The Nasdaq composite lost 1.3%.

In Asia, the Shanghai Composite Index advanced 0.4% to 3,199.91 after the Chinese government tightened controls on movement in the southern business center of Shenzhen following virus outbreaks.

The Nikkei 225 in Tokyo lost 0.1% to 27,619.61 while the Hang Seng in Hong Kong tumbled 1.2% to 19,225.70.

The Kospi in Seoul lost 0.2% to 2,403.68 while Sydney’s S&P-ASX 200 added 0.3% to 6,852.20.

New Zealand and Bangkok declined while Singapore and Jakarta advanced.

European economies face gas shortages after their governments agreed to wind down purchases from Russia to punish the Kremlin for invading Ukraine.

Last week, state-owned Gazprom announced a three-day suspension of gas supplies through Nord Stream 1 due to urgent maintenance work.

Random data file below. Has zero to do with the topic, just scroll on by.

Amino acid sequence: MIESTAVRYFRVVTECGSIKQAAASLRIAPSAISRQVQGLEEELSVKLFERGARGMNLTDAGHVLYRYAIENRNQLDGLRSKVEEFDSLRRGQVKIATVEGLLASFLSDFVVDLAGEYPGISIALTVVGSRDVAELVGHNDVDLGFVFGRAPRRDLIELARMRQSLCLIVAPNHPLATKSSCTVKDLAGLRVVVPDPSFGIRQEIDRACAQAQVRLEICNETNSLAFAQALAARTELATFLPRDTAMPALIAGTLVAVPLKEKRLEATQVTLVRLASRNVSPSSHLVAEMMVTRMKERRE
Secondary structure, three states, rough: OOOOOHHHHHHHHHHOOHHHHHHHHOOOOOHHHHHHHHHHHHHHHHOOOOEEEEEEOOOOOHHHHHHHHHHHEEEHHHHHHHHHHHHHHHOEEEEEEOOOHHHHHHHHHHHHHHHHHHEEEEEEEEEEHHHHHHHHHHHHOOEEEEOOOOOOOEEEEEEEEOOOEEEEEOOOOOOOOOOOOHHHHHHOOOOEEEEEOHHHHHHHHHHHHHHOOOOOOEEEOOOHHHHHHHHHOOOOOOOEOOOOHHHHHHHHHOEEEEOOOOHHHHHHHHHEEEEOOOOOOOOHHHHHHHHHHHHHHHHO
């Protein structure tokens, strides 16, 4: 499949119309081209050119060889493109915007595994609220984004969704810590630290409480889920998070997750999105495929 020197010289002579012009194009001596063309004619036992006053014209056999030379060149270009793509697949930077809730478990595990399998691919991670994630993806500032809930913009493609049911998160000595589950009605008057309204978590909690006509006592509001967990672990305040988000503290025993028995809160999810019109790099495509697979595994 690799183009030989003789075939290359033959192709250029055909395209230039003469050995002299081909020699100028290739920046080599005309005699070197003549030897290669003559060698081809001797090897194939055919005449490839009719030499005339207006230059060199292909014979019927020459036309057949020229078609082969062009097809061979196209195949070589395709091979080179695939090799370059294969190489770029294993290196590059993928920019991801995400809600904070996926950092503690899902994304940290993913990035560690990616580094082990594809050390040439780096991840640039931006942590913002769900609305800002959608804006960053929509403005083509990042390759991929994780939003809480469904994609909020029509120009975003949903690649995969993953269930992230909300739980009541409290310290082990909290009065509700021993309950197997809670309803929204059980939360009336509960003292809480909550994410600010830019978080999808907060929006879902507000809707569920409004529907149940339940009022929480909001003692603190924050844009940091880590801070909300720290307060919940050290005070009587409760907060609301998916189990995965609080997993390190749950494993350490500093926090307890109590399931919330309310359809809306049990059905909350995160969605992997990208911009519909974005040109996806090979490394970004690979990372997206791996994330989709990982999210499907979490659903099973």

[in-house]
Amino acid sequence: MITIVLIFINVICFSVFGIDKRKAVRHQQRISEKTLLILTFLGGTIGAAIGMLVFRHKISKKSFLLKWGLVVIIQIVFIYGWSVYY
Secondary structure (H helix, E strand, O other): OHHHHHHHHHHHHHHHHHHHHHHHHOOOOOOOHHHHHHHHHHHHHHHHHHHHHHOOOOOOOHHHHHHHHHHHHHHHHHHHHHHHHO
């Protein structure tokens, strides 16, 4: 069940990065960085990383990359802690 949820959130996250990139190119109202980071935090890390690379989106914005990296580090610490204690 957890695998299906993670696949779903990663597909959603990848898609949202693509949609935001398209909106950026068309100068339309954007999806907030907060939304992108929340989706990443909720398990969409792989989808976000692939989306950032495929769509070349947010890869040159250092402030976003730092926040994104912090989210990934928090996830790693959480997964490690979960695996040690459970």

On Friday, the company said that would be extended indefinitely. Russia already has reduced supplies to countries that sided with Ukraine.

Meanwhile, traders are uneasily watching the Fed after chair Jerome Powell said Aug. 26 interest rates have to stay elevated to rein in surging inflation. That dashed hopes the Fed might back off due to signs U.S. economic activity is cooling.

The Fed has raised rates four times this year, twice by 0.75 percentage points, triple its usual margin.

Central banks in Europe and Asia also have hiked rates, fueling worries they might derail global economic growth.

The U.S. market has given up much of the gains made in July and August when traders hoped the Fed might ease up.

Traders expect another 0.75 percentage point rate hike at this month’s Fed meeting, according to CME Group.

In energy markets, benchmark U.S. crude gained $2.18 to $89.05 per barrel in electronic trading on the New York Mercantile Exchange. The contract rose 26 cents to $86.87 on Friday. Brent crude, the price basis for international oil trading, added $2.54 to $95.56 per barrel in London. It advanced 66 cents the previous session to $93.02.